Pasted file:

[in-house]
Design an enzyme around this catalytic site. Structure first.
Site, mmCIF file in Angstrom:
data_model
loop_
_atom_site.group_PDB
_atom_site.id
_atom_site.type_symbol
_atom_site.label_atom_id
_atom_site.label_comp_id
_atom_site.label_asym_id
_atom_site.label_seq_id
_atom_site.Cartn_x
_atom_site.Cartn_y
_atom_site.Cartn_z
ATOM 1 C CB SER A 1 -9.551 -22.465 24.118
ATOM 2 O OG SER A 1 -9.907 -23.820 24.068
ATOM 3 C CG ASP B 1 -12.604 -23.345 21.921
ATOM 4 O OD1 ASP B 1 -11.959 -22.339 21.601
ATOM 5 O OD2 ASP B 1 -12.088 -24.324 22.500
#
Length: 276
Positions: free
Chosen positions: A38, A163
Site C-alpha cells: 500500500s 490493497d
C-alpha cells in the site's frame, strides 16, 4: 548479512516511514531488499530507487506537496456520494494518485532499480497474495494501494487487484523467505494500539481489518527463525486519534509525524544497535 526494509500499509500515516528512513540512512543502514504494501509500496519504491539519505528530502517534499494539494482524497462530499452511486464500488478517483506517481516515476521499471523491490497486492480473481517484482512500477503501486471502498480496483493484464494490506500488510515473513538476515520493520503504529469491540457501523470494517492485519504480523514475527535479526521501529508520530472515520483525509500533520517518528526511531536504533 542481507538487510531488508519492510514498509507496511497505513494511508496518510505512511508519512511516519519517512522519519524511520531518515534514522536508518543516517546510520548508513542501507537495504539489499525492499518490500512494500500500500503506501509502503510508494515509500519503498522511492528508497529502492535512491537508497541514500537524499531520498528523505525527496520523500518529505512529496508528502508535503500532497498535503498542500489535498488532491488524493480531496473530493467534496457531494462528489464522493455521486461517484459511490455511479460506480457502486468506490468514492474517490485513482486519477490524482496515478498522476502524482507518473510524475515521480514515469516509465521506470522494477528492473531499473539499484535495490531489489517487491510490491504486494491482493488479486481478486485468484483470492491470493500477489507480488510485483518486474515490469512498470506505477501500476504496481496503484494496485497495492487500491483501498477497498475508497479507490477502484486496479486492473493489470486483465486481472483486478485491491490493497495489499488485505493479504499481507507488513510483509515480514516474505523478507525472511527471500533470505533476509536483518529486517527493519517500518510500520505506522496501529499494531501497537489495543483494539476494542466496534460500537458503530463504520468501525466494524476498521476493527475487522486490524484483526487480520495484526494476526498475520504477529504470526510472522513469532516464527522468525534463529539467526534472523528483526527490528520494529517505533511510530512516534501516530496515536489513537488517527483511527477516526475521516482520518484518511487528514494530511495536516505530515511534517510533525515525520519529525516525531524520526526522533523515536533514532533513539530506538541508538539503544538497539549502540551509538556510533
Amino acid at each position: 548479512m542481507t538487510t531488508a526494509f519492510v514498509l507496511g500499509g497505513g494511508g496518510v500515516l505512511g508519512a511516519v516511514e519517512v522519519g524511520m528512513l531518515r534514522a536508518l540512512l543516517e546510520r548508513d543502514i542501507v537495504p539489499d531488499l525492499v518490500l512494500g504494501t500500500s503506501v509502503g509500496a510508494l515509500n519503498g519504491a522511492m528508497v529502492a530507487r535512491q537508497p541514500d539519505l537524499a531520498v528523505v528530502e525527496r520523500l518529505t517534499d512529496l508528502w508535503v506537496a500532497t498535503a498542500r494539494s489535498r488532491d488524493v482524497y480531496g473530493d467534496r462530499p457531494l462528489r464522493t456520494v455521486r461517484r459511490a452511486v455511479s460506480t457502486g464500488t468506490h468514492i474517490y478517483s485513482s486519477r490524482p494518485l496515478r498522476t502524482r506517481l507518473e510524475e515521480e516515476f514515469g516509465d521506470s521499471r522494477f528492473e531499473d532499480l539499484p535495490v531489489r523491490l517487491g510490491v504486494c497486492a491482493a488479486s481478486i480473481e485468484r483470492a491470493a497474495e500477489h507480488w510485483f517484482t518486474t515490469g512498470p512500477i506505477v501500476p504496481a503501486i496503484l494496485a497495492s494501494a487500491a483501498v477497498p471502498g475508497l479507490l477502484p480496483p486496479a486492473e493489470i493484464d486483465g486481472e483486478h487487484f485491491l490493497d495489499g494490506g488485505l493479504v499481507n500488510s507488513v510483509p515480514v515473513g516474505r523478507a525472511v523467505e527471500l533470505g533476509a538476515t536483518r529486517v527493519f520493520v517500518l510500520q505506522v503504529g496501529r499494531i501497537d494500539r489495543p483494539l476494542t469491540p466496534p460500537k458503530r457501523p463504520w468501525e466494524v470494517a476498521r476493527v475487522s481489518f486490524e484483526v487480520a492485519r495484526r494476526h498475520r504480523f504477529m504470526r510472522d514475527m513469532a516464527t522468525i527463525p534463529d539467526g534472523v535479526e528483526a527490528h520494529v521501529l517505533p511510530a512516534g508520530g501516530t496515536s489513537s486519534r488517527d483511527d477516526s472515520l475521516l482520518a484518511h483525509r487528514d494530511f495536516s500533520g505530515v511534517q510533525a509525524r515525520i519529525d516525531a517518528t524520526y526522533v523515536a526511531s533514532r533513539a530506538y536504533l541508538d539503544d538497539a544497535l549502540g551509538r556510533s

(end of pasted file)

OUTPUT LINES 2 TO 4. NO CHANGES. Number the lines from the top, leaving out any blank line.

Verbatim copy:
Design an enzyme around this catalytic site. Structure first.
Site, mmCIF file in Angstrom:
data_model